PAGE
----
Chemicals are a growing human health and environmental concern across the country. Today, more than 80,000 chemicals are in use. Until proven harmful, their use and disposal is not regulated by government.
Some chemicals are toxic and are regulated to assure their safe use. In Washington, for instance, almost 30 million pounds of regulated chemical releases were reported in 2004.
Over time, certain chemicals prove to be particularly harmful and their presence in our land, air, or water poses longterm risks. These are called persistent bioaccumulative toxins because they:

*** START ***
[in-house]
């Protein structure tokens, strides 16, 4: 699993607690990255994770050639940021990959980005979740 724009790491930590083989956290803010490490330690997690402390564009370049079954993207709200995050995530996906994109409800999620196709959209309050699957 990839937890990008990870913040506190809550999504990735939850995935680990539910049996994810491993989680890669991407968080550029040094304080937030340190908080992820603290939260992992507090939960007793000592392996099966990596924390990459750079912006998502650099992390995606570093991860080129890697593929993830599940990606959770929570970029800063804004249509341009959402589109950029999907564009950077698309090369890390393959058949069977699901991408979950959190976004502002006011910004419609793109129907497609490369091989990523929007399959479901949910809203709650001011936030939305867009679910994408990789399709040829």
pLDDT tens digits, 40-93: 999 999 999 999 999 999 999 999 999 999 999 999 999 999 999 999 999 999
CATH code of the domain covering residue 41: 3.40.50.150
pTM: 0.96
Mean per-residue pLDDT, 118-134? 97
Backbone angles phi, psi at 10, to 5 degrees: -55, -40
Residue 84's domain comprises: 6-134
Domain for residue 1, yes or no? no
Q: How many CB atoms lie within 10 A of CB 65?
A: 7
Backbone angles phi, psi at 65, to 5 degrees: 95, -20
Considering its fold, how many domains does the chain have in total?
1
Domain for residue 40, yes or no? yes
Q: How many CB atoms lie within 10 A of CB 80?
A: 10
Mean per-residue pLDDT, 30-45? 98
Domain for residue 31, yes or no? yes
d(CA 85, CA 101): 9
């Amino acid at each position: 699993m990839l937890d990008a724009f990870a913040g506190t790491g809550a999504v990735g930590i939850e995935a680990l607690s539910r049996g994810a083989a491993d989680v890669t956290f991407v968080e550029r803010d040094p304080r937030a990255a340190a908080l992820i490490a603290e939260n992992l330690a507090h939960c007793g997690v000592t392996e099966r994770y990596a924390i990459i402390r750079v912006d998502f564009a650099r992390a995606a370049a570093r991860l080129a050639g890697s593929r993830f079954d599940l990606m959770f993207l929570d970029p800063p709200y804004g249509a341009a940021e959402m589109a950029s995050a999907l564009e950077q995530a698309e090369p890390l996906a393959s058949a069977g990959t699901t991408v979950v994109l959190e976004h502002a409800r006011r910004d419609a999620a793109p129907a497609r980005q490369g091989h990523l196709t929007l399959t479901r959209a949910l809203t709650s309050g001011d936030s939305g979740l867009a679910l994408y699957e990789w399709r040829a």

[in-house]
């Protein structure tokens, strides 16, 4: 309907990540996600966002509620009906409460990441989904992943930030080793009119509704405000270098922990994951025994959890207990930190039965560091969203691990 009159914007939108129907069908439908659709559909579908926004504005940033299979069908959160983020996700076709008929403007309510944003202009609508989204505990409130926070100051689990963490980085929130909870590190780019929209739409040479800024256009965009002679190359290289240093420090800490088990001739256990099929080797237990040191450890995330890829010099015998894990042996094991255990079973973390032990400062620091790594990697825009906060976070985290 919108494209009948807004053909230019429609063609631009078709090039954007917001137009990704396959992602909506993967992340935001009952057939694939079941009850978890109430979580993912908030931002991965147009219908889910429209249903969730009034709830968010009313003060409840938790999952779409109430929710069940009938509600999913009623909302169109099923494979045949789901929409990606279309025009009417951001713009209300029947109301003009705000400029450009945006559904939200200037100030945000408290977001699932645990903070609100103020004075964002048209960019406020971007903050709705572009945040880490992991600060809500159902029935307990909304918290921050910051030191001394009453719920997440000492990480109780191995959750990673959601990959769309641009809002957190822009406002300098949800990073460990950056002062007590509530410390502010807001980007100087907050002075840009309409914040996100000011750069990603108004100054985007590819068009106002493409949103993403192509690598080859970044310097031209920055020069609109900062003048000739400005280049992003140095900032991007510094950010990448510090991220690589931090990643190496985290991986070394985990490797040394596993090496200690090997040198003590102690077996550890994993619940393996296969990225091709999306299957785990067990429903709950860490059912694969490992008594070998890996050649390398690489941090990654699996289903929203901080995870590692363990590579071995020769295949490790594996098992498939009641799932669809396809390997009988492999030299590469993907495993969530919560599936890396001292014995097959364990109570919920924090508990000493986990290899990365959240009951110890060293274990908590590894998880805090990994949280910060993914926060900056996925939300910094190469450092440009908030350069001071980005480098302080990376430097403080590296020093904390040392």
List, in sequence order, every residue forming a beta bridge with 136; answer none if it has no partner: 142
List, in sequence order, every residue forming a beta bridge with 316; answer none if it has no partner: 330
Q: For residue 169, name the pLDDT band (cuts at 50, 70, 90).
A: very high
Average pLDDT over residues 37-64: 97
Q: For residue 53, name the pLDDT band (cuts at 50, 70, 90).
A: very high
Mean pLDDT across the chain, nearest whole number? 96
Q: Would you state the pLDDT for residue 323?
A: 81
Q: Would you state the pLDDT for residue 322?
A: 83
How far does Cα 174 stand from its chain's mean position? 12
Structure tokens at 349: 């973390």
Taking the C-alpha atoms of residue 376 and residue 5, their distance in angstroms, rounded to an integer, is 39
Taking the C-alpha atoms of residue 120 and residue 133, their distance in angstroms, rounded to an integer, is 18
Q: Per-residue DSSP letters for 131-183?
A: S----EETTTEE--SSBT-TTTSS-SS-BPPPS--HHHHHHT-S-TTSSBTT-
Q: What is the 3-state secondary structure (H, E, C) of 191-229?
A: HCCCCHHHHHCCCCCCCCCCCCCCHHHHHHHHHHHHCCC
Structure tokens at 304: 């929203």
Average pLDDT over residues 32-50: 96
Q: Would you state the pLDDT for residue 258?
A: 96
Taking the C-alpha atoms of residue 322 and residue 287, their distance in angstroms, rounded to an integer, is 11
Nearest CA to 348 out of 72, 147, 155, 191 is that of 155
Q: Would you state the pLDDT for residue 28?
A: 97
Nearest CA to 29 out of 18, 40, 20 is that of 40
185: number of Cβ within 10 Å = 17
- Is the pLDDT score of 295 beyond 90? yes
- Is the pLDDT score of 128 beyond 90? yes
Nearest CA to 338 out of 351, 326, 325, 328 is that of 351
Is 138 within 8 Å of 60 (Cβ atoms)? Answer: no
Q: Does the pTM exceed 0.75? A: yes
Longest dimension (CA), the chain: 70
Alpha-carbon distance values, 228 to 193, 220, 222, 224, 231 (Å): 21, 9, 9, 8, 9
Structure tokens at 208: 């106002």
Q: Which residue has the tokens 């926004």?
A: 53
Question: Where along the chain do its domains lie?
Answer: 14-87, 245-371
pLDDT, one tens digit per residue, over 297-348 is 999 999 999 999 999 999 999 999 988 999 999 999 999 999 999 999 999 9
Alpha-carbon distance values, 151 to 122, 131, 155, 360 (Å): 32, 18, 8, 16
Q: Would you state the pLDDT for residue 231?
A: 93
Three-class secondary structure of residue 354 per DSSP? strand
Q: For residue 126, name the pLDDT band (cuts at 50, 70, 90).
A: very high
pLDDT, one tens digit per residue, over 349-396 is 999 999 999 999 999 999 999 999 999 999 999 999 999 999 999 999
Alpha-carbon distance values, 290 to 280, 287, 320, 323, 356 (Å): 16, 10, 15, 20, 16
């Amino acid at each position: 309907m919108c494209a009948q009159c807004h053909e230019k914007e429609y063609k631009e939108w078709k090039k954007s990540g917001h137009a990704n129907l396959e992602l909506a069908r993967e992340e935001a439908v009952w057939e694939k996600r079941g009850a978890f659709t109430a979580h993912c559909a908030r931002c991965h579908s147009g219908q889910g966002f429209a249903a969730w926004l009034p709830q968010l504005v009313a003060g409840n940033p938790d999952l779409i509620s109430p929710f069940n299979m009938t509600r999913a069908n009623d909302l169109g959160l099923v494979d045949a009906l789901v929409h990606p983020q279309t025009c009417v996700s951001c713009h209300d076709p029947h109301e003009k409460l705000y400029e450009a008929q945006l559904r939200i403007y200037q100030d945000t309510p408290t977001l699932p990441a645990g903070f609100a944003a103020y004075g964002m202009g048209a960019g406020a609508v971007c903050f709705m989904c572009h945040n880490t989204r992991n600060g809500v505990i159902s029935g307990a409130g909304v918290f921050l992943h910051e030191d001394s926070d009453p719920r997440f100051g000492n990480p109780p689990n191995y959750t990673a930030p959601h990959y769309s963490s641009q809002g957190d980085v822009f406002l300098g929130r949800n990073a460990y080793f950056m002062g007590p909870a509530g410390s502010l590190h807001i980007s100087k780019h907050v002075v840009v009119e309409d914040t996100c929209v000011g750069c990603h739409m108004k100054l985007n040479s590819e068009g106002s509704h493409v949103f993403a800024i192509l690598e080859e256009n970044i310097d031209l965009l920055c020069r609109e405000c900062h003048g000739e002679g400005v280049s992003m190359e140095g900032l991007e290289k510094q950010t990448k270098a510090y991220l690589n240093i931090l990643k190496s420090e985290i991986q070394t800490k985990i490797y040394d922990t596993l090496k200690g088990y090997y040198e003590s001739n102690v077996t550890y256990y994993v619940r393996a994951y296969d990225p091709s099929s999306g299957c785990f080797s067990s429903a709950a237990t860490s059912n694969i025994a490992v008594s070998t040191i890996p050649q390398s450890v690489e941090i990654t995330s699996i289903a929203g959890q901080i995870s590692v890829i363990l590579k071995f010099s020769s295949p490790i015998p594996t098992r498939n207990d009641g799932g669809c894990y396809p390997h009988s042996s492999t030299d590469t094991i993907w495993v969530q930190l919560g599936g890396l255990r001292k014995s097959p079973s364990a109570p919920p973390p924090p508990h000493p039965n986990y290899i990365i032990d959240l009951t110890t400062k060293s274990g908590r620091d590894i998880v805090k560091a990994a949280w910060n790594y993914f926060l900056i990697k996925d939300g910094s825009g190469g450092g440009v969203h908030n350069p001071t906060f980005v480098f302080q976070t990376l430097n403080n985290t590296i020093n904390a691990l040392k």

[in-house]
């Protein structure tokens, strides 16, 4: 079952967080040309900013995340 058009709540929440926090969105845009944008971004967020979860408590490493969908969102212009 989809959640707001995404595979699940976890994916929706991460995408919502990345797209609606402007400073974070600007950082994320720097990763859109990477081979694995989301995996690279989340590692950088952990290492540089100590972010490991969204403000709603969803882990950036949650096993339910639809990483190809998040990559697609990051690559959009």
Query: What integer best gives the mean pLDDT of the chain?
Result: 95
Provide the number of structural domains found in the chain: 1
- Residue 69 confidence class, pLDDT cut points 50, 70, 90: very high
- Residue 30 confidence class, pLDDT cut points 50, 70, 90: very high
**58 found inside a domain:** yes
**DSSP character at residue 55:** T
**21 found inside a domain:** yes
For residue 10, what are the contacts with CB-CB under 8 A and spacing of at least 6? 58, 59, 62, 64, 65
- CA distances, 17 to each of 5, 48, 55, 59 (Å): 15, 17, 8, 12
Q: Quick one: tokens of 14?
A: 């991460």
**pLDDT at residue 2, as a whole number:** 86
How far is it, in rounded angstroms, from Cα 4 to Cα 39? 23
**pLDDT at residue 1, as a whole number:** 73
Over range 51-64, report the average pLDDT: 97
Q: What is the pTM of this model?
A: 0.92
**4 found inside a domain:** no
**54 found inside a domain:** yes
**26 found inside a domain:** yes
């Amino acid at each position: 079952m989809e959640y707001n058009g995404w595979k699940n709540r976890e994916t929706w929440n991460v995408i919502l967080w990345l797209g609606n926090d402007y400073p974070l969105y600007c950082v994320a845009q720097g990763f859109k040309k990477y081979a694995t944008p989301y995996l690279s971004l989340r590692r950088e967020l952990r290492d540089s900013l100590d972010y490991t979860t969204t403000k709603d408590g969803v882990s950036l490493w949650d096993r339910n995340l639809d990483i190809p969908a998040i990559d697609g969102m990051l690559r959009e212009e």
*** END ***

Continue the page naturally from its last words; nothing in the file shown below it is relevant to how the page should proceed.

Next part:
- Remain in the environment for years without breaking down.
- As one species consumes another, toxic chemicals move up the food chain and thus build up in the tissues of fish, animals, and humans.
- Can cause cancer, skin rashes, nervous and reproductive system disorders, immune deficiencies, developmental and learning problems for children, and other health problems.
Heavy metals released by historic mining operations in the Coeur d’Alene Basin pose additional environmental and health concerns.